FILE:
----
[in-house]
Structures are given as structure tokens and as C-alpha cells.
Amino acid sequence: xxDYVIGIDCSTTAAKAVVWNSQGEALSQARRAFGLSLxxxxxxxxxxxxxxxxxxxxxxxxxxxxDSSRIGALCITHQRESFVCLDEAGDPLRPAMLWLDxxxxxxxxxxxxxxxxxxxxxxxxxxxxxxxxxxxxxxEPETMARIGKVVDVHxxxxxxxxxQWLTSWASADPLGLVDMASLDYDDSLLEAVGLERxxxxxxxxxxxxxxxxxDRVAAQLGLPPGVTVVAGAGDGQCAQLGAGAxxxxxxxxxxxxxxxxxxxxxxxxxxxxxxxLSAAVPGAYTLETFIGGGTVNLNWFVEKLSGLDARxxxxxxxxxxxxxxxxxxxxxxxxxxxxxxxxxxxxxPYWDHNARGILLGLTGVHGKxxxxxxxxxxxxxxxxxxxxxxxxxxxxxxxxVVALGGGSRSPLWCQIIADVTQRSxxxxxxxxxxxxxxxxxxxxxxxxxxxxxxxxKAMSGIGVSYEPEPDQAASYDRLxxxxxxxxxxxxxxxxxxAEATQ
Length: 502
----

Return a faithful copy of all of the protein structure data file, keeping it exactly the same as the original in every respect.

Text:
[in-house]
Structures are given as structure tokens and as C-alpha cells.
Amino acid sequence: xxDYVIGIDCSTTAAKAVVWNSQGEALSQARRAFGLSLxxxxxxxxxxxxxxxxxxxxxxxxxxxxDSSRIGALCITHQRESFVCLDEAGDPLRPAMLWLDxxxxxxxxxxxxxxxxxxxxxxxxxxxxxxxxxxxxxxEPETMARIGKVVDVHxxxxxxxxxQWLTSWASADPLGLVDMASLDYDDSLLEAVGLERxxxxxxxxxxxxxxxxxDRVAAQLGLPPGVTVVAGAGDGQCAQLGAGAxxxxxxxxxxxxxxxxxxxxxxxxxxxxxxxLSAAVPGAYTLETFIGGGTVNLNWFVEKLSGLDARxxxxxxxxxxxxxxxxxxxxxxxxxxxxxxxxxxxxxPYWDHNARGILLGLTGVHGKxxxxxxxxxxxxxxxxxxxxxxxxxxxxxxxxVVALGGGSRSPLWCQIIADVTQRSxxxxxxxxxxxxxxxxxxxxxxxxxxxxxxxxKAMSGIGVSYEPEPDQAASYDRLxxxxxxxxxxxxxxxxxxAEATQ
Length: 502